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Author ORCID Identifier


Open Access Dissertation

Document Type


Degree Name

Doctor of Philosophy (PhD)

Degree Program


Year Degree Awarded


Month Degree Awarded


First Advisor

Nick Bromell

Second Advisor

Hoang Phan

Third Advisor

Britt Rusert

Subject Categories

African American Studies | American Literature | Literature in English, North America | Literature in English, North America, Ethnic and Cultural Minority


The Burdens of Responsibility traces the emergence of moral responsibility as both a concept and problem in the nineteenth-century United States. Drawing on a range of sources –works of literature, philosophy, domestic manuals, newspaper archives – I show how many Americans began to conceive of moral responsibility as distinct from both duty and rules of behavior prescribed by traditional social roles. Although ethicists today take this distinction for granted, it was an emergent and problematic space in the nineteenth-century United States, brought into being by historical forces, including the rise of market capitalism, abolition, changing women’s roles, and increasing concern with the responsibilities (not merely the rights) of democratic citizenship. I argue that American authors, thinkers, and citizens were compelled to negotiate the tension between familiar notions of duty (fixed, prescribed, automatic) and new calls for responsibility (improvised, self-authored, contextual).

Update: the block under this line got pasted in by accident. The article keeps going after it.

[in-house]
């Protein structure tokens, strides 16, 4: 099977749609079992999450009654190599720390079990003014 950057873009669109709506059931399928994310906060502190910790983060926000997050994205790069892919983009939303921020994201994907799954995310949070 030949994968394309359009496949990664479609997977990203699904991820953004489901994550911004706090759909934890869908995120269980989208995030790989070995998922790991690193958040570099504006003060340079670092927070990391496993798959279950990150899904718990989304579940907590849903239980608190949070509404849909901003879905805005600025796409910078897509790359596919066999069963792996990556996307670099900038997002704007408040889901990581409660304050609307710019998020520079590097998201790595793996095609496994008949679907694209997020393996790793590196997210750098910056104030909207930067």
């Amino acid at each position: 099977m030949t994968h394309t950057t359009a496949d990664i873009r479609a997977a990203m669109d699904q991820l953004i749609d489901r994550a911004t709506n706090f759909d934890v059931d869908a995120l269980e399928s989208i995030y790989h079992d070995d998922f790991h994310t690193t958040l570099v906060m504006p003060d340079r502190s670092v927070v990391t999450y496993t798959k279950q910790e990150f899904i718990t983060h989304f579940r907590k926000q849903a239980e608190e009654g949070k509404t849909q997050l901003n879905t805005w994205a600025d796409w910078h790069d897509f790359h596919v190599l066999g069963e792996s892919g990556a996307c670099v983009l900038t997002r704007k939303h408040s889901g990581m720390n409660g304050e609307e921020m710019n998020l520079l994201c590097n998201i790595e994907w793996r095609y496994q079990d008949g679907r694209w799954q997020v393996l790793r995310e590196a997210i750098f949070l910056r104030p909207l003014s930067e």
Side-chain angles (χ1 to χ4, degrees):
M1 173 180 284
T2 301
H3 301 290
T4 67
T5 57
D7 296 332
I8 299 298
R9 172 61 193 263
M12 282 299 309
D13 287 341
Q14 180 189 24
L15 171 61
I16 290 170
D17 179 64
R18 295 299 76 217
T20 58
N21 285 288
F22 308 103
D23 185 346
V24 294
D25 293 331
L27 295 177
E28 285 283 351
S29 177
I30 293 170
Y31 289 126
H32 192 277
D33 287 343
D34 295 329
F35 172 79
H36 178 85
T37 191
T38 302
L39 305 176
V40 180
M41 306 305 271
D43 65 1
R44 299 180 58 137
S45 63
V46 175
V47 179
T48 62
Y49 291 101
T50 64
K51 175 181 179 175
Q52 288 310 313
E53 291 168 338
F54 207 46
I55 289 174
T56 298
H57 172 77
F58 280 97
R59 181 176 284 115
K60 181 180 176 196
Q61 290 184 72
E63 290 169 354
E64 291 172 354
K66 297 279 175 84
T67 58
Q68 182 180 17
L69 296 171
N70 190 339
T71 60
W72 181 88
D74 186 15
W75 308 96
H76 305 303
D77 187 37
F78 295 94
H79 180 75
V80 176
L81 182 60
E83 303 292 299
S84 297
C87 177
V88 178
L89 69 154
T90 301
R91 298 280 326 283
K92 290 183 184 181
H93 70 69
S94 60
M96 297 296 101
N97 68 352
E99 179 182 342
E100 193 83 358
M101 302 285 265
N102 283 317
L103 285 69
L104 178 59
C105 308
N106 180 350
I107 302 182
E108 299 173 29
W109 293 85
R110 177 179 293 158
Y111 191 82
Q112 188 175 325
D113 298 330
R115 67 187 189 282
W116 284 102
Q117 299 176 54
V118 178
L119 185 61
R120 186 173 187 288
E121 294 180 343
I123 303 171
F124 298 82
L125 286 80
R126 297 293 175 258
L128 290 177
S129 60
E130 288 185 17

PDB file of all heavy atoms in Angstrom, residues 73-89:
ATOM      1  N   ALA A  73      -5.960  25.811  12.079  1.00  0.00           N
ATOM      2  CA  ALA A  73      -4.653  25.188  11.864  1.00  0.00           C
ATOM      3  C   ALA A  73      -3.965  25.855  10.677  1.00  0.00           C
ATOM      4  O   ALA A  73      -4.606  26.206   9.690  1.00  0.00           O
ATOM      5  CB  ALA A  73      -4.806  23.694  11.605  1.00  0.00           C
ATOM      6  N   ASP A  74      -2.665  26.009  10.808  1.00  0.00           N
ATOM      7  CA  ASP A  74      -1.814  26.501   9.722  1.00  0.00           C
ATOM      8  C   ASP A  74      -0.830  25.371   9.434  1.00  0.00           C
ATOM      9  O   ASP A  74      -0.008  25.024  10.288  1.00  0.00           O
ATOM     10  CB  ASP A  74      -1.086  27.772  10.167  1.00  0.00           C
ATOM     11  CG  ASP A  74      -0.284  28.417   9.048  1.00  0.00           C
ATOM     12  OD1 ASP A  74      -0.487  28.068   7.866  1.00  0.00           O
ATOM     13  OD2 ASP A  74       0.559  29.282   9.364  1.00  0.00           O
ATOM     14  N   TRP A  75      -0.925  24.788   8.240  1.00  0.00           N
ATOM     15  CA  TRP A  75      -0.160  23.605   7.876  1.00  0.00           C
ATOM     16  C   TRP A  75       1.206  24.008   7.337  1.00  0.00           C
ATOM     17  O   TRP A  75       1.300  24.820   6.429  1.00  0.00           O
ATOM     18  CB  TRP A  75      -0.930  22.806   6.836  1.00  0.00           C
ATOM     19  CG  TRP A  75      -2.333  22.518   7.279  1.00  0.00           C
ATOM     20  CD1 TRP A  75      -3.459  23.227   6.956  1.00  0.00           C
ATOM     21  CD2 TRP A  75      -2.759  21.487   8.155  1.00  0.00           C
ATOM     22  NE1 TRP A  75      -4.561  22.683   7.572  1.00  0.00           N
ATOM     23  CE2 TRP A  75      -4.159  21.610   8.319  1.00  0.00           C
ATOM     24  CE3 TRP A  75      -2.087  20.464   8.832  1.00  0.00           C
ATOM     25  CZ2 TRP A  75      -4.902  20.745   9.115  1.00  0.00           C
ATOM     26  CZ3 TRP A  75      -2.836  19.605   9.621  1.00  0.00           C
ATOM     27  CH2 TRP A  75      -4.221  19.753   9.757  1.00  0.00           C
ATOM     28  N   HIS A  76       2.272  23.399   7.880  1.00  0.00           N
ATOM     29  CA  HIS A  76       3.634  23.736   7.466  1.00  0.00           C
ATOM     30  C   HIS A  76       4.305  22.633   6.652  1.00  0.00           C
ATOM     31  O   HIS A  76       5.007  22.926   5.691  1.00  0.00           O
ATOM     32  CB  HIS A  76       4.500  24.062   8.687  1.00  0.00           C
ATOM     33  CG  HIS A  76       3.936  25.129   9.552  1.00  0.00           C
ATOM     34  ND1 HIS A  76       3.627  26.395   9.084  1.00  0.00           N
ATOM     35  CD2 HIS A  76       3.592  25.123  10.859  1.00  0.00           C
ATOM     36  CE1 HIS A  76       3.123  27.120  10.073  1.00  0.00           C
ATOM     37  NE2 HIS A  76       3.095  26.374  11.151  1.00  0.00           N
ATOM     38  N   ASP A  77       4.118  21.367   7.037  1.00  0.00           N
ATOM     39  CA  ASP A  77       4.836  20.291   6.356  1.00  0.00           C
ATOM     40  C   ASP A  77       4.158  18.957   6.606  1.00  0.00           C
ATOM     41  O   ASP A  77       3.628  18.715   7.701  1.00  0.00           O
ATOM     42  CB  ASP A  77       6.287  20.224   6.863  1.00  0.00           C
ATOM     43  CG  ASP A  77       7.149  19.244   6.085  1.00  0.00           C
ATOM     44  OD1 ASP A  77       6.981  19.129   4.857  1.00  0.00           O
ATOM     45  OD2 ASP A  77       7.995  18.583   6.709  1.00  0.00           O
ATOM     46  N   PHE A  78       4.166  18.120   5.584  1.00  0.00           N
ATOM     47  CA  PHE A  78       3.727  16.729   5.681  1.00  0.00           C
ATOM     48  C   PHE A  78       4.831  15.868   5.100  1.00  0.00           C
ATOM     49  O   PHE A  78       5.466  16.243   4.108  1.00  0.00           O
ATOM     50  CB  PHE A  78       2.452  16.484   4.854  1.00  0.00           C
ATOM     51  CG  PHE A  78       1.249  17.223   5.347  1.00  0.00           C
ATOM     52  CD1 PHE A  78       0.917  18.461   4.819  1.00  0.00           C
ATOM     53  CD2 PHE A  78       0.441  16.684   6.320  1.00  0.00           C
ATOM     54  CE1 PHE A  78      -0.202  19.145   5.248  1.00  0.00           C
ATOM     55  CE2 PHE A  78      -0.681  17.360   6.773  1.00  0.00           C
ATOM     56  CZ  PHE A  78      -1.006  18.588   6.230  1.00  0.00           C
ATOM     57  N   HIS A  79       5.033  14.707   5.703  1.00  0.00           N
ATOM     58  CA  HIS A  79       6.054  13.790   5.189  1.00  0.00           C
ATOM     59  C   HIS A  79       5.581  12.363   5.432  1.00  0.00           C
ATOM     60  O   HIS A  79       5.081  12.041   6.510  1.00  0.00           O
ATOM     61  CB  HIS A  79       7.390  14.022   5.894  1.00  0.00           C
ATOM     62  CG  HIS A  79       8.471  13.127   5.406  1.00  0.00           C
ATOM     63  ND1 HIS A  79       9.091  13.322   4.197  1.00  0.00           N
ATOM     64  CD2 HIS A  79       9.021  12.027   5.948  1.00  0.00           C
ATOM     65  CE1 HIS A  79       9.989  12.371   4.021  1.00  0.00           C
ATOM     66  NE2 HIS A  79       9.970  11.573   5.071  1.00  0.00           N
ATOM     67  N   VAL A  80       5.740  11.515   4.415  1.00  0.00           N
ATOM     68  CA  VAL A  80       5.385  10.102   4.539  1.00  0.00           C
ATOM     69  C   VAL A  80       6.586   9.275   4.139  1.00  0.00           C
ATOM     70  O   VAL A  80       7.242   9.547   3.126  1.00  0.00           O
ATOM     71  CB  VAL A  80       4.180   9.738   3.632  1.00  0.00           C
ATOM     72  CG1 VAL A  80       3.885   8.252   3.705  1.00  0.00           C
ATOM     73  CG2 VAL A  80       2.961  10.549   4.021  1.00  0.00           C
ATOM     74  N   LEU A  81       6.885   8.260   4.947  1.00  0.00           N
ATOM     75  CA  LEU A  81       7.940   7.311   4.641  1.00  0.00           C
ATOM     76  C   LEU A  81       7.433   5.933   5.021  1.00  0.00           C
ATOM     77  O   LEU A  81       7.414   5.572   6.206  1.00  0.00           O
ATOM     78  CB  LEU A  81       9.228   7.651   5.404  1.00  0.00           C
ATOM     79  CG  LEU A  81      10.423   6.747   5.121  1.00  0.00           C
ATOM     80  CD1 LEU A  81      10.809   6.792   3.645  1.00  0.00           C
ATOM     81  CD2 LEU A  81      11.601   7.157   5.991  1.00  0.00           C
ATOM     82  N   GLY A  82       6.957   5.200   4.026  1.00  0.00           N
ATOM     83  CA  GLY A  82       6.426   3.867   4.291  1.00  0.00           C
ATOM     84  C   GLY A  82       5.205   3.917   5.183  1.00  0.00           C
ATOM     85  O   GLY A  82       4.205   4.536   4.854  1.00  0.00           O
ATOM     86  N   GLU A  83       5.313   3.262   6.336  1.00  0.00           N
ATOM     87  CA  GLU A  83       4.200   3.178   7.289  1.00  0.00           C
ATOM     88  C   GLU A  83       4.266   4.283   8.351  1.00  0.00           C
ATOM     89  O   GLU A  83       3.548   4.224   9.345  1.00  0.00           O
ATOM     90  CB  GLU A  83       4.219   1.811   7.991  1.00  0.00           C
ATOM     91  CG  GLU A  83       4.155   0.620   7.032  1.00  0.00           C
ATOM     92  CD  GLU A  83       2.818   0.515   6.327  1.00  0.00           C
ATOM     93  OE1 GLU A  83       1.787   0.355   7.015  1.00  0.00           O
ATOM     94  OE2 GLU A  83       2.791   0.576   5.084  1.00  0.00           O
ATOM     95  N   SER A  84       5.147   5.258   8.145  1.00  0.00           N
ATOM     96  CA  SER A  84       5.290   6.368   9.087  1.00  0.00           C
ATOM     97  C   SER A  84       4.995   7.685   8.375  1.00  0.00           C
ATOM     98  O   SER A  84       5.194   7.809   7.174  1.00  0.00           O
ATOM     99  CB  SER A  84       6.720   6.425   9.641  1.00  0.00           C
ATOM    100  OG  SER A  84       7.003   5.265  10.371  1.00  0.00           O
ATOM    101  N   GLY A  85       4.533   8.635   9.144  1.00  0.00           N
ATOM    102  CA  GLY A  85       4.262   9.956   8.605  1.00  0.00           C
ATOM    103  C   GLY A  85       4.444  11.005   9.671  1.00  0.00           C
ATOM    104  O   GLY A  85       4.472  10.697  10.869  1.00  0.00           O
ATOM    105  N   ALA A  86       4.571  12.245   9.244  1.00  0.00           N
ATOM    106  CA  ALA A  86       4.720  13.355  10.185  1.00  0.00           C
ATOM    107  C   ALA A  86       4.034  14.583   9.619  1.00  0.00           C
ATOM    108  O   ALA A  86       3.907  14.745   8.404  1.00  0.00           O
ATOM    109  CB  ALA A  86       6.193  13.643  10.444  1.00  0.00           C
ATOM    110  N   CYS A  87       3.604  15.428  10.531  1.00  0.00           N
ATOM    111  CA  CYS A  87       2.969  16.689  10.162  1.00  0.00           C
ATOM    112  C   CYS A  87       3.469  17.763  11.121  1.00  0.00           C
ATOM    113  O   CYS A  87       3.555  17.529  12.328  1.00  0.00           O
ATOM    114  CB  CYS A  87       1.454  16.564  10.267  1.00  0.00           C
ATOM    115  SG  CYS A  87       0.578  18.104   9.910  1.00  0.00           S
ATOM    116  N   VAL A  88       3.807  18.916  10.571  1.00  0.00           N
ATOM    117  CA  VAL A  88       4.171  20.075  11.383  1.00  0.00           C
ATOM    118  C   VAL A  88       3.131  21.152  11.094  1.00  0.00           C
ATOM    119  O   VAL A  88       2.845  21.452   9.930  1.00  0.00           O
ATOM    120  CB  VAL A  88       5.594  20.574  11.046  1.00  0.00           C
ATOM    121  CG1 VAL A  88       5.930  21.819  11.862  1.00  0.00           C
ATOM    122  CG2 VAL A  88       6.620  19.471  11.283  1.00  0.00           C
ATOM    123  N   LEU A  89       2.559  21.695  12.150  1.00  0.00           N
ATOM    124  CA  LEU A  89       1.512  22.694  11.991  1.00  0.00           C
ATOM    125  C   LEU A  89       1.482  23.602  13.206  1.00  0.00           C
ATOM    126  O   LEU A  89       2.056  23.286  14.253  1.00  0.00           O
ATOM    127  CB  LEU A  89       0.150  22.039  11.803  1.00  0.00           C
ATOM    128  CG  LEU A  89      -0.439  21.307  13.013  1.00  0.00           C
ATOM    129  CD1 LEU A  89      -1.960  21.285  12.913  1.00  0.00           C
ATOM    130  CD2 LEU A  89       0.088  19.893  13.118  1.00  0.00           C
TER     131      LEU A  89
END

Creative Commons License

Creative Commons Attribution 4.0 License
This work is licensed under a Creative Commons Attribution 4.0 License.